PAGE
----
The Czech CZ-75 in 9mm
The Czech CZ-75 in 9mm
This is what I would call a Thumper! In that it will thump somebody on both sides of it after cranking one off!
As the story goes, the late Col. Jeff Cooper and a bunch of like-minded shooters were participating in Cooper’s Leatherslap competition back in the late 1950s–shooting from the hip as they blazed away at balloons less than 10 feet away. They missed. A lot.
Then along came Jack Weaver, a Los Angeles County deputy sheriff.
“Most of the talk was about how fast different contestants were; ‘hundredths of a second’ seemed very important,” Weaver, referring to the first Leatherslap in 1956, wrote in the February 1994 issue of Handguns. “Nobody ever mentioned accuracy–that problem was somehow going to take care of itself, like all the Westerns on TV during that time.”
Weaver set out to find a better way, and when he showed up at Leatherslap the following year, he tried point-shooting with two hands on the gun, which he extended about 1.5 feet from his stomach.
“It worked pretty good in practice but was a complete flop at the contest.…A short time later I discovered that if I tilted my head down a little and brought the gun up a foot higher, I could see the sights. Eureka–something that worked every time and was still pretty fast!”
The following year, Weaver won Leatherslap and won a lot of converts as well. It wasn’t long before everybody was using what became known as the Weaver Stance–shooting with a two-handed grip in which the firing hand pushes forward as the support hand, which is wrapped around the firing hand, pulls back.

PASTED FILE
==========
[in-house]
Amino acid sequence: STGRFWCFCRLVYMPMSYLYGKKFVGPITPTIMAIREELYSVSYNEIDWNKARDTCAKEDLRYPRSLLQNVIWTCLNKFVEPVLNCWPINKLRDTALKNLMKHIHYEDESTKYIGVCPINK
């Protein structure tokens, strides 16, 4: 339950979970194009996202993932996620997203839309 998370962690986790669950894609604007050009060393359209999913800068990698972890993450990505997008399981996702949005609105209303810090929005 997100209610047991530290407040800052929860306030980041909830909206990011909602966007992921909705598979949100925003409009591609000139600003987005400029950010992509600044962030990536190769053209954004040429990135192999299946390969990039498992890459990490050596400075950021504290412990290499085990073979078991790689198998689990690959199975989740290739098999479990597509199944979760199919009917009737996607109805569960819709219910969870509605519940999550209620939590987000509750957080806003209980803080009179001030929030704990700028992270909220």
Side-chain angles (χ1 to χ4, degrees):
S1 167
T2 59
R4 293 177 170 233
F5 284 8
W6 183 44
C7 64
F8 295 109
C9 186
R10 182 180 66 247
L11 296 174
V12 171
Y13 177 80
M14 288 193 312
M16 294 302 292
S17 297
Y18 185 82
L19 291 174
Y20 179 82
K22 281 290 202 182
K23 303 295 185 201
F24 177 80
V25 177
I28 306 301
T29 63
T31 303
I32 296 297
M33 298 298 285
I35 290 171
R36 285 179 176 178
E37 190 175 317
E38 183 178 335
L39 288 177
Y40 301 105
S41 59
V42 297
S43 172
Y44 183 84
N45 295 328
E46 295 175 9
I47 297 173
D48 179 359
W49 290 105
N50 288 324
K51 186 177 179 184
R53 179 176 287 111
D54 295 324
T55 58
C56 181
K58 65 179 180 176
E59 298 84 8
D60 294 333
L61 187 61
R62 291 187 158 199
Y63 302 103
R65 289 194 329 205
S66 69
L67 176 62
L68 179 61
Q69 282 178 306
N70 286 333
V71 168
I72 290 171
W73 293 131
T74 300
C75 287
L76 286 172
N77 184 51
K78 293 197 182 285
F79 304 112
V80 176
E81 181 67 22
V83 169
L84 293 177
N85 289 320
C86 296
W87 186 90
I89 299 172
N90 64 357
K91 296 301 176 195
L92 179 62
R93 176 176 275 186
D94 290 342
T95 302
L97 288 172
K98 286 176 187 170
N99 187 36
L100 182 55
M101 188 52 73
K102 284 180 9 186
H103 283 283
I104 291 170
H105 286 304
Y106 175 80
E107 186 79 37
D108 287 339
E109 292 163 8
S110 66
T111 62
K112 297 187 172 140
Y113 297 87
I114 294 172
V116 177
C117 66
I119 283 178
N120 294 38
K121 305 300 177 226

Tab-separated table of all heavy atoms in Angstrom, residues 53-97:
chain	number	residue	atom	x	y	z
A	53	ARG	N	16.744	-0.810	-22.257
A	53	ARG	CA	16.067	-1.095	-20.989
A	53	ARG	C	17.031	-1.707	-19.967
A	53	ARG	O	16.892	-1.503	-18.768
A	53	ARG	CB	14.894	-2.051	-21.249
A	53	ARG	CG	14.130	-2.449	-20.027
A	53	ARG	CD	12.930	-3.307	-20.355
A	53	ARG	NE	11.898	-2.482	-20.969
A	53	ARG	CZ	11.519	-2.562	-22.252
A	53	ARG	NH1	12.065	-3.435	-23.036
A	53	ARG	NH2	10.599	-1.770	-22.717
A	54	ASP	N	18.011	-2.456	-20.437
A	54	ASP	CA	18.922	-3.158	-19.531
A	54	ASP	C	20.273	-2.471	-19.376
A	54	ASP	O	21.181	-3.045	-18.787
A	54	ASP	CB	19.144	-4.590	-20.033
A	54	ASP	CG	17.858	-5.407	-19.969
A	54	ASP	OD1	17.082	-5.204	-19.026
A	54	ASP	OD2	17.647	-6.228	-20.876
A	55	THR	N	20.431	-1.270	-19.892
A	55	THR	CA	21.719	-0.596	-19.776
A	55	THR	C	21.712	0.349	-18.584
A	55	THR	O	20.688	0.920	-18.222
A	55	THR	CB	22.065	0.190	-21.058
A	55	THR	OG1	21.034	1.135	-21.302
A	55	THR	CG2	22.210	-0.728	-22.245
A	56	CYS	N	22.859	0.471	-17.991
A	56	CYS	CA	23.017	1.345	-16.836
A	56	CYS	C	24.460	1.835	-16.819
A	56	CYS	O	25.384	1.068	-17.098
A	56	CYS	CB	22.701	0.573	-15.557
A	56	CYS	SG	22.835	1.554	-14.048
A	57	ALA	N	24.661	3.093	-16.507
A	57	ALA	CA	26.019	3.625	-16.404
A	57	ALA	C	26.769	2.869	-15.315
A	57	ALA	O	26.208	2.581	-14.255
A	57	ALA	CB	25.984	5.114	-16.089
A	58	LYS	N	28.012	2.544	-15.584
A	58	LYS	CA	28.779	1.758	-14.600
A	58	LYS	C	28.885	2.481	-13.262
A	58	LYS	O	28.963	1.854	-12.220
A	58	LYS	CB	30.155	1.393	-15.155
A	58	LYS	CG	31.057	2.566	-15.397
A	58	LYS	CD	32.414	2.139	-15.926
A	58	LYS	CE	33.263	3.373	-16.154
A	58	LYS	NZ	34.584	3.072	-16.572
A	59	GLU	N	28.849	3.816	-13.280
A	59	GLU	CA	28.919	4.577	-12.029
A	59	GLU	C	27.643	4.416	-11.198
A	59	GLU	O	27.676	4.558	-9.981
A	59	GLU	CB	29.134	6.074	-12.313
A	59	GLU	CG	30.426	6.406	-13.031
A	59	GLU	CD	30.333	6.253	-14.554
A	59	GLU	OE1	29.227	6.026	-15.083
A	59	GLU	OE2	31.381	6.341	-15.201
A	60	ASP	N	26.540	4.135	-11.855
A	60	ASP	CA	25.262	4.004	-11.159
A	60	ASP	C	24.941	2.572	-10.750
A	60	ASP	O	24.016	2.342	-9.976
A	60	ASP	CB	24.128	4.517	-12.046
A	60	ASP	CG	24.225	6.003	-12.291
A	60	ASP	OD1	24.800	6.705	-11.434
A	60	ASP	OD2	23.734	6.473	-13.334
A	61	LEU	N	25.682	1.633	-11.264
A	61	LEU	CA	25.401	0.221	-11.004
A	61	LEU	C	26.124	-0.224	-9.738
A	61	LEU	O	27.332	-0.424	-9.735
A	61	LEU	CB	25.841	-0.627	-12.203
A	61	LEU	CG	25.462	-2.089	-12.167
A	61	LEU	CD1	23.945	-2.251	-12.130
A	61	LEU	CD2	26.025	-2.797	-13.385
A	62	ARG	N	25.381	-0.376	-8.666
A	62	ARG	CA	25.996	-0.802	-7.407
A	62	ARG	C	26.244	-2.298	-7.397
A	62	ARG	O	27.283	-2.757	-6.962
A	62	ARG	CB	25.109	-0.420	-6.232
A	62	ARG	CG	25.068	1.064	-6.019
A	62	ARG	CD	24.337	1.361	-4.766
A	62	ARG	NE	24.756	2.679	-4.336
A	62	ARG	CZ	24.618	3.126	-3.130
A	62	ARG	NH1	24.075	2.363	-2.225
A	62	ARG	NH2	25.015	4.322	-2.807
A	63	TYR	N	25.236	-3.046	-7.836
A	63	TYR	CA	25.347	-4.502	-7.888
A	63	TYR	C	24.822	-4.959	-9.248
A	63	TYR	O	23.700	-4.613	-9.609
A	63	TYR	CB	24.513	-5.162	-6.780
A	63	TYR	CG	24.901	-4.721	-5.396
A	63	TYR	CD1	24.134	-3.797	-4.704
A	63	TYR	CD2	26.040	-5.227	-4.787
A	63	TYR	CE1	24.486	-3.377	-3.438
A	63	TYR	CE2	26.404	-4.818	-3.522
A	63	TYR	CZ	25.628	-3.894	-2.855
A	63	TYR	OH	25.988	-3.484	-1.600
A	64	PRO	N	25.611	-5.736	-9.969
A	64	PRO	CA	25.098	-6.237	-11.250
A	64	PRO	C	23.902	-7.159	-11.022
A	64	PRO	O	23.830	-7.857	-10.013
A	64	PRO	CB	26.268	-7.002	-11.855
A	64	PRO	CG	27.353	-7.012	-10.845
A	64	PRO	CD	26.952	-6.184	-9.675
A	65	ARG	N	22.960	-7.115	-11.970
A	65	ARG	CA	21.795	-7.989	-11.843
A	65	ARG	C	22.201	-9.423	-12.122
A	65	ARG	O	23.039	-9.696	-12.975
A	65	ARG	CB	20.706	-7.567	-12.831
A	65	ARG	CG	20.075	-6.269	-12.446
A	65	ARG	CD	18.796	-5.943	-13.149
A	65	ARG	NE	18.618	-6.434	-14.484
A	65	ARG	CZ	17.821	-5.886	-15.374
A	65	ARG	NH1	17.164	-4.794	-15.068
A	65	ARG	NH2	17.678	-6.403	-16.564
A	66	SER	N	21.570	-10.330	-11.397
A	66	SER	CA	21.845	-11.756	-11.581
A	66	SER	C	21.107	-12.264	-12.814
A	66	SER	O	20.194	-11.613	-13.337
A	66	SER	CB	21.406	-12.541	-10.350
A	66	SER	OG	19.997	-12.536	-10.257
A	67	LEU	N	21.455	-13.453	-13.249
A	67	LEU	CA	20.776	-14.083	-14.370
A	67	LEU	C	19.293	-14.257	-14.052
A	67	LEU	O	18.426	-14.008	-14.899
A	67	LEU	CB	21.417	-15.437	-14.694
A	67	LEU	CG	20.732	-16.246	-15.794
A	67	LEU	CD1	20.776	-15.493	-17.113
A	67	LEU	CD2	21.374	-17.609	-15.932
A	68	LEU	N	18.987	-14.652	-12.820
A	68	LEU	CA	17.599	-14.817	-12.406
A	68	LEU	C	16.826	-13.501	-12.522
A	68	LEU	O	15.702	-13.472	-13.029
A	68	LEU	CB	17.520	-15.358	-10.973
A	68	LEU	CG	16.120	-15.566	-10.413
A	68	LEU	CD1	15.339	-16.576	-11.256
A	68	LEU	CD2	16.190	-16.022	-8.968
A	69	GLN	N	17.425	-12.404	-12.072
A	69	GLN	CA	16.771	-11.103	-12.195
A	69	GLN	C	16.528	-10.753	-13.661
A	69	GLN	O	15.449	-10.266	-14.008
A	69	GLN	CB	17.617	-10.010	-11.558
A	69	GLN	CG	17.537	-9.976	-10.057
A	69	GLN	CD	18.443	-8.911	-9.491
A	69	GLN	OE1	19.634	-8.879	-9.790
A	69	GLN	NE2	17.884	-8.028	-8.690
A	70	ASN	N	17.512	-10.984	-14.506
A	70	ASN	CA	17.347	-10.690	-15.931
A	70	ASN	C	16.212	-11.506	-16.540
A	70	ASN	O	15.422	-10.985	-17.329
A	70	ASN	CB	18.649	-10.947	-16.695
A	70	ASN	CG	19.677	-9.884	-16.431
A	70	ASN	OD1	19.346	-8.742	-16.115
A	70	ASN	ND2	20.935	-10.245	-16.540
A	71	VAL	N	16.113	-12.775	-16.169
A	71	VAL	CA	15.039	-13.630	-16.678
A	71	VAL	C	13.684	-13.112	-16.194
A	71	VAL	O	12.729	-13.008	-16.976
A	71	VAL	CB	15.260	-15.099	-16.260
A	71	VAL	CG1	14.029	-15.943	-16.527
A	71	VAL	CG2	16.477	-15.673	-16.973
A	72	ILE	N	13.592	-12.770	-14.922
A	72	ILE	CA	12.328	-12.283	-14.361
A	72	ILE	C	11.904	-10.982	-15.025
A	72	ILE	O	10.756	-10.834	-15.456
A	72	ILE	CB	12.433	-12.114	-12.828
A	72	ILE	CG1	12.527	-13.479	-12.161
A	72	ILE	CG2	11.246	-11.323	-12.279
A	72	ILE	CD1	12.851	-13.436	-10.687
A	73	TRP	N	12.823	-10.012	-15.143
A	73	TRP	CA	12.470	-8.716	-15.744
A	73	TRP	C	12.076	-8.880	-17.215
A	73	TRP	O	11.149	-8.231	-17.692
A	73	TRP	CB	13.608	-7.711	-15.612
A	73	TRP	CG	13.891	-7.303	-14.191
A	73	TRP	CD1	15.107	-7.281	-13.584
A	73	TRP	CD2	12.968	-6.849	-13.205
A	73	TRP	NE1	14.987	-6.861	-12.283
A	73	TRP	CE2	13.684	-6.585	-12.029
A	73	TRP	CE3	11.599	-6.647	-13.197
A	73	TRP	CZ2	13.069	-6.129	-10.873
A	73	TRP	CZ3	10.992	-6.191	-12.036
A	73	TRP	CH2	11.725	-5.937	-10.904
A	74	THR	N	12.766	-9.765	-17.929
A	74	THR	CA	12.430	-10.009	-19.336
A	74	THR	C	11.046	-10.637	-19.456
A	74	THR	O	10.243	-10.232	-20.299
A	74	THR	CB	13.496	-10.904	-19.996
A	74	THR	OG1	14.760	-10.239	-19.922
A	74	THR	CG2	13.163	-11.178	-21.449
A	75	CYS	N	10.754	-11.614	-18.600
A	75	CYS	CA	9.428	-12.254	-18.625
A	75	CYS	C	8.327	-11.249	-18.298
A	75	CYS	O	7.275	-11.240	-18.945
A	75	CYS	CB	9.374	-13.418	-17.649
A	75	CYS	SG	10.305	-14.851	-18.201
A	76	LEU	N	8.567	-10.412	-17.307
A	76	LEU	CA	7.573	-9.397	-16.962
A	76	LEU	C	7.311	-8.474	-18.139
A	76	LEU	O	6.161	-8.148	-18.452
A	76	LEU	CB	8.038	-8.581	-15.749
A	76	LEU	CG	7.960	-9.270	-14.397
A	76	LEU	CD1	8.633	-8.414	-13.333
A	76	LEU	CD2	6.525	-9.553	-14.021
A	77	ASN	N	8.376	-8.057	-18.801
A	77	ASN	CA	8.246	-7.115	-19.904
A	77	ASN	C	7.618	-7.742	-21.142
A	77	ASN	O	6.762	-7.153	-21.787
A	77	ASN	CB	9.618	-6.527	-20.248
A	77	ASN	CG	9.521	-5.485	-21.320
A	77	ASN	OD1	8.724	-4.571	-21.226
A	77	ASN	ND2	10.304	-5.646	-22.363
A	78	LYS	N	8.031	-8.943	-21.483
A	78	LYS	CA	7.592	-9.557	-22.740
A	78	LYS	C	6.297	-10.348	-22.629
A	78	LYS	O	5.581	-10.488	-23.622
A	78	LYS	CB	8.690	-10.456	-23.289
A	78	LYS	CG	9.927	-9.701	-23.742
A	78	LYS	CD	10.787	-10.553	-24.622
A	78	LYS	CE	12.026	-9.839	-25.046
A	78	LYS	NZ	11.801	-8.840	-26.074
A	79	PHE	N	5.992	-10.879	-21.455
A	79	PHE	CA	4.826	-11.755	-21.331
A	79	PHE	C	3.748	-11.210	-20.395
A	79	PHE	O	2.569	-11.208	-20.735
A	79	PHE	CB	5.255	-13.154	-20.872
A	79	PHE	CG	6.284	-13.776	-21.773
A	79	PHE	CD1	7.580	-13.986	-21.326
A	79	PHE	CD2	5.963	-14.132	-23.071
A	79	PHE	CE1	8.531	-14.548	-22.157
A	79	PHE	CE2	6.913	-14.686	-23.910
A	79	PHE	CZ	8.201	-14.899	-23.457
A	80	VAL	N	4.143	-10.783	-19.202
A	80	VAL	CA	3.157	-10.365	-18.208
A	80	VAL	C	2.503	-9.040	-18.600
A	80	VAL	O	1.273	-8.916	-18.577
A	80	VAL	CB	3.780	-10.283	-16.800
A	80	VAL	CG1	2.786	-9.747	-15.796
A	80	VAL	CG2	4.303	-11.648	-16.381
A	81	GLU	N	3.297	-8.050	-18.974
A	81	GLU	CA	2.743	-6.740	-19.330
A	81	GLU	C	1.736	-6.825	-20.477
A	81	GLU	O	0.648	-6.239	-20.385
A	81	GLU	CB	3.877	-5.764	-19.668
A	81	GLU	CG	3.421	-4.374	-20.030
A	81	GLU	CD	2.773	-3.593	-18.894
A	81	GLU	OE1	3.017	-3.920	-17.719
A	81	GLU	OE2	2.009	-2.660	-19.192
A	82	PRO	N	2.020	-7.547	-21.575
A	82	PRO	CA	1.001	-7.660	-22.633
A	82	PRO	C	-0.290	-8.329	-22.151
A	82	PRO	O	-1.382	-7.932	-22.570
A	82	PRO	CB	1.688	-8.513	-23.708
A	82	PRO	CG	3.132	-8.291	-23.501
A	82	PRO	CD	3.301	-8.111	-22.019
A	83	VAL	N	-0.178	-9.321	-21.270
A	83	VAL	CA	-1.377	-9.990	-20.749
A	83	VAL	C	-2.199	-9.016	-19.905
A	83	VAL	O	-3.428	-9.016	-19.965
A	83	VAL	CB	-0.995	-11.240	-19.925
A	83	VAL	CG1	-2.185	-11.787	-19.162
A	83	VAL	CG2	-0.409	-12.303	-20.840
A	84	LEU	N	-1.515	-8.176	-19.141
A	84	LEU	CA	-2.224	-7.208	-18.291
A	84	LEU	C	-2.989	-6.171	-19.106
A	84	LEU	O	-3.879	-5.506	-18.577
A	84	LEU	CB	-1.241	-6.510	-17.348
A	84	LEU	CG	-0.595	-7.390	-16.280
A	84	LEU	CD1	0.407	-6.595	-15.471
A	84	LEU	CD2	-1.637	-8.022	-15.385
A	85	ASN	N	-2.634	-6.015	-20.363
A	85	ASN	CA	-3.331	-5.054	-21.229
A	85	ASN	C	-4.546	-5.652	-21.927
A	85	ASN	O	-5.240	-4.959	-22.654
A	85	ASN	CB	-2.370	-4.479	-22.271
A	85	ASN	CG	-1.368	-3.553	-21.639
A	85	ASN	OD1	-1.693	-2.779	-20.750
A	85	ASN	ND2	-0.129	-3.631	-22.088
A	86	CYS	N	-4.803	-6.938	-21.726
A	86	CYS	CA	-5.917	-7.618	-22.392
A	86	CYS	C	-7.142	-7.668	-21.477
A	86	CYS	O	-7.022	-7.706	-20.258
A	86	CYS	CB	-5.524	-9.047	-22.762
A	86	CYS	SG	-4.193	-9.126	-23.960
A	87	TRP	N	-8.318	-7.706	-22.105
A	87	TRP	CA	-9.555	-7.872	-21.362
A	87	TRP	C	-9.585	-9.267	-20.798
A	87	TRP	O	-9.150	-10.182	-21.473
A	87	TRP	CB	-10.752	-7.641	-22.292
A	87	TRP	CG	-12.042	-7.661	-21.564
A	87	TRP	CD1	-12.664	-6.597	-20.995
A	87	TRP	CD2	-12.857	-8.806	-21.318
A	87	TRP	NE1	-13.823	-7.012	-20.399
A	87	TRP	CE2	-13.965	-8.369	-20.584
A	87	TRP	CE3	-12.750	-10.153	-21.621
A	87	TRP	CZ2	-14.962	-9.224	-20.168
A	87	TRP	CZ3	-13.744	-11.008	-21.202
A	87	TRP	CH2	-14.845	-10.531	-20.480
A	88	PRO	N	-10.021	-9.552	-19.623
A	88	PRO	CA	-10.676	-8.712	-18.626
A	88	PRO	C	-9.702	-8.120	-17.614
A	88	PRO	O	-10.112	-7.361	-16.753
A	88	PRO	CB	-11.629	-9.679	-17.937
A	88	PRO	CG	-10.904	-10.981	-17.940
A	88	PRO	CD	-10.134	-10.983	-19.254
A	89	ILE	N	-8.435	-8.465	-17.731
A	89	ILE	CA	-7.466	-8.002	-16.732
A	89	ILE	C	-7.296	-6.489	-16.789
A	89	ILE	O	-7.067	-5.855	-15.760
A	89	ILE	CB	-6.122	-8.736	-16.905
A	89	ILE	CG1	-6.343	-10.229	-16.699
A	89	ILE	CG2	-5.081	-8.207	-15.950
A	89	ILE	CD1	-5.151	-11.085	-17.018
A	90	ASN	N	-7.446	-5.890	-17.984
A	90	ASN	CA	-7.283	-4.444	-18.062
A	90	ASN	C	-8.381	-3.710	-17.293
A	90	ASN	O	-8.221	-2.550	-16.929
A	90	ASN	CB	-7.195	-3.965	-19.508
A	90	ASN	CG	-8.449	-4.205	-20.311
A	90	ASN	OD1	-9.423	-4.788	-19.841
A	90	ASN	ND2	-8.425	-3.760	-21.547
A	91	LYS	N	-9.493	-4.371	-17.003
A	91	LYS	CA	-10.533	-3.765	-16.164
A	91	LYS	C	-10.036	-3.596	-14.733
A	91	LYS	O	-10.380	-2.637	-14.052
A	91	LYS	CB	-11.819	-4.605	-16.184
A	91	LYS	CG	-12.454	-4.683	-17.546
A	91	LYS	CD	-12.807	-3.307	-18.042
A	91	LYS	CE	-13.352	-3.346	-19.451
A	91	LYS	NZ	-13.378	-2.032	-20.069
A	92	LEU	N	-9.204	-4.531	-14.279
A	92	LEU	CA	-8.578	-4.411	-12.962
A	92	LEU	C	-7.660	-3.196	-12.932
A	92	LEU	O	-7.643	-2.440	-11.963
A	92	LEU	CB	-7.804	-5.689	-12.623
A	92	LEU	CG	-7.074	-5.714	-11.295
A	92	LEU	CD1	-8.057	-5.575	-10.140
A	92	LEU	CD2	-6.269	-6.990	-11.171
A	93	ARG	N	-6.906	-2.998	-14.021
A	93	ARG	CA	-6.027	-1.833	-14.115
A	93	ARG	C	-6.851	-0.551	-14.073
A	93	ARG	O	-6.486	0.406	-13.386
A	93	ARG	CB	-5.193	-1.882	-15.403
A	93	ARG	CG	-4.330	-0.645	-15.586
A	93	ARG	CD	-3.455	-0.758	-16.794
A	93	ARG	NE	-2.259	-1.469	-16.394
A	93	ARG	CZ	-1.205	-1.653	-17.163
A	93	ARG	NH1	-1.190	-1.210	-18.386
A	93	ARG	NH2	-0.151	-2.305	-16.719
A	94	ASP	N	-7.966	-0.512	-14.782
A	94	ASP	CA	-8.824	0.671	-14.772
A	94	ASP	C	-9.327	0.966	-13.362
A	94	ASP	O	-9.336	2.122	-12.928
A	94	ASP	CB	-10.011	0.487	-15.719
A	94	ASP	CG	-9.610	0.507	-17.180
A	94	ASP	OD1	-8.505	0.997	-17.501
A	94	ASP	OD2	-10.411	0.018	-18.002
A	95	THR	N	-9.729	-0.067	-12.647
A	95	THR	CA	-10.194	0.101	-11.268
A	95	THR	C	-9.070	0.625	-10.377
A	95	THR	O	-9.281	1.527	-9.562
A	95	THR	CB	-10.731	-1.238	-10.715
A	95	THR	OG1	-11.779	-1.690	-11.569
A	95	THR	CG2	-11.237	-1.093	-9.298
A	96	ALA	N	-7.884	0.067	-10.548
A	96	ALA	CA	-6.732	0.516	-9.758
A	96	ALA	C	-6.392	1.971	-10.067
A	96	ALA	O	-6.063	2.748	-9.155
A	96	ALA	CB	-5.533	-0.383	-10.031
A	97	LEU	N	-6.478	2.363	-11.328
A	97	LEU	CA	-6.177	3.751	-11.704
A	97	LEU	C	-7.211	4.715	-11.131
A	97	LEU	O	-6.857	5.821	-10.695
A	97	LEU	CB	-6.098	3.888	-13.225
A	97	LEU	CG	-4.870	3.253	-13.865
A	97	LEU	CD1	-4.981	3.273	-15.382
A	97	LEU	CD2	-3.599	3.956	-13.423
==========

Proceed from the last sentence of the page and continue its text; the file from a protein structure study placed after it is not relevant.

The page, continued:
At the time, though, the inventor himself hadn’t really given the details a whole lot of consideration.
“No thought was given to foot position, recoil control or pushing with one hand and pulling with the other,” Weaver wrote. “I found out all kinds of things about myself that I didn’t know until I read them in gun magazines.…I had to go out and fire a few rounds to see if I really did push the right and pull the left arm–sure enough!”
Col. Cooper was so impressed with the Weaver Stance that he made it one of the foundations of his famed Modern Technique. The FBI was so impressed that in 1982 it embraced his technique after an in-depth study of handgun shooting, calling it the “quickest ‘on target’ technique with first-hit capability, as well as having the weapon remain on target after recoil.”
“The important thing is the hand position on the gun (no wrist grabbing or palm-under-the-hand stuff),” Weaver wrote in Handguns. “I put my left thumb over my right and squeeze tighter with my left (weak) and than the right…The rest is up to the individual. Unless you are a Jack Weaver clone, you can’t be expected to do everything exactly like I do.”
Weaver never sought fame nor glory, never sold videos, never wrote books, which in a way is a shame because as a pioneer of combat shooting it seems he could have taught us so much. But at least we can pass on this little pearl of wisdom from his 1994 letter to the magazine:
“So, my free advice is: Practice, experiment, shoot in competition, stick to one gun, one style (no last-second decisions) and don’t wait until you’re in a shootout to find out what works and what doesn’t.”